The Museum of the City of New York is inviting artists from NYC and beyond to submit to an open call for works.
The video installation akingdoncomethas is an epic montage of sermons and performances from Black churches.
Jenkins’s videos do more than talk back to a racist screen.
Video art was something you watched “with the lights on,” as França insisted, without pretenses of high art.
MoMA’s exhibition Neelon Crawford: Filmmaker is a retrospective of his experimental work documenting machinery, travels in South America, and more.
The Museum of Modern Art’s retrospective exhibition Liquid Reality showcases how Kubota turned video art into sculpture.
The intention behind the seemingly bizarre combination was, according to Attie, “to give visual form to the shared American and Brazilian reality of nationalistic divisions that defines our political present.”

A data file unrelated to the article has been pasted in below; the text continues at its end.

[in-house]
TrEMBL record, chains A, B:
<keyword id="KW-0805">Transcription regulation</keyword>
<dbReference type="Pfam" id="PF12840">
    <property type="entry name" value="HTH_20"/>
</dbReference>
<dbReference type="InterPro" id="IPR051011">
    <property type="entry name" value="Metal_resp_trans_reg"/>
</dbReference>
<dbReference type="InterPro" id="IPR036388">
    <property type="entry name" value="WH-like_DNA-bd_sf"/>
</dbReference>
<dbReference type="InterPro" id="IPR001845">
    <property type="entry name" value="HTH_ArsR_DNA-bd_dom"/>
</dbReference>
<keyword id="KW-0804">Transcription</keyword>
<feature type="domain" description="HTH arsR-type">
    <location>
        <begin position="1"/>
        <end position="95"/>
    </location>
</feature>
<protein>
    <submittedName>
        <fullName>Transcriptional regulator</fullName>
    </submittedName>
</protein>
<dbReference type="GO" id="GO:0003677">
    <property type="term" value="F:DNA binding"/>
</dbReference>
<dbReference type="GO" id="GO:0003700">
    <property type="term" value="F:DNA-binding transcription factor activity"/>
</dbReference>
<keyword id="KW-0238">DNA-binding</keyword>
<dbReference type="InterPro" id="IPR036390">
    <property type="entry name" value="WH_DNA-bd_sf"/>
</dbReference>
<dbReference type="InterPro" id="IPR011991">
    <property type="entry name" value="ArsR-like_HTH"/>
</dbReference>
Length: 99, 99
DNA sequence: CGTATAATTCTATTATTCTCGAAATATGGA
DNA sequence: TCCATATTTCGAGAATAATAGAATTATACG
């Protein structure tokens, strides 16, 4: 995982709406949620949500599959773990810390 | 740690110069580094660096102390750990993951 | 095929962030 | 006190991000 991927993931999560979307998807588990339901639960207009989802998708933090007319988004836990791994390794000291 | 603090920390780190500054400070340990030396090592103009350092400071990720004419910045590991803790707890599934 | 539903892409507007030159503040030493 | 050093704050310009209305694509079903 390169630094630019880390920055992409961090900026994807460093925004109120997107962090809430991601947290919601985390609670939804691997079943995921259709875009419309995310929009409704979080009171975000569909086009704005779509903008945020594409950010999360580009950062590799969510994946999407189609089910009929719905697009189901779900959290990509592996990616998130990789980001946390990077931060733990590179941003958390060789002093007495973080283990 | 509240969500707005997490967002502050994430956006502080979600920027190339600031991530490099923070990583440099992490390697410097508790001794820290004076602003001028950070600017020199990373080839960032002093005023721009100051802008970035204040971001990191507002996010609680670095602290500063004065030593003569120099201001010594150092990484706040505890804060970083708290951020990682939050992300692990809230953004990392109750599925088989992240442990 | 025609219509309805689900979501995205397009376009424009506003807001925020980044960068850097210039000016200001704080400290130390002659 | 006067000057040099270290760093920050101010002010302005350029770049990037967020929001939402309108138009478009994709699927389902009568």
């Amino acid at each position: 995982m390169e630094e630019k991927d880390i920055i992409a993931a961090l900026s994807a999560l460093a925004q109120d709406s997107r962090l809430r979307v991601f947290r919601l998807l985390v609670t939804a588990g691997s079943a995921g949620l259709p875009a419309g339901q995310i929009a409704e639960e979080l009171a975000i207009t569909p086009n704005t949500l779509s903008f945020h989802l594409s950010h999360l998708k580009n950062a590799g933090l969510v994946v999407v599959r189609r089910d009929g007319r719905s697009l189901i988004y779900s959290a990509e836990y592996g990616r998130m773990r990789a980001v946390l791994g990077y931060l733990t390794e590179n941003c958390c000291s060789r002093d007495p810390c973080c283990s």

In a series of PSA-style videos, Paul Pescador poses questions about government that quickly unravel into a nightmarishly complex knot of existential crises.
Fifty years ago, poet Heberto Padilla was forced to publicly denounce himself and his friends as counterrevolutionaries.
“Devil You Know,” a video essay by Don Edler, looks at the emergence of artificial intelligence systems in political discourse and civic life.
In March, Chang put out an open call for our fears and made a video out of them. Watching it eight months later, I hoped it would help name whatever it was I was feeling.
In Stanya Kahn’s earlier films, Los Angeles seems ready to spark a revolution at any moment. But in the newest adventure, the urban sprawl creeps into the inhabitants’ states of mind, and everything languishes.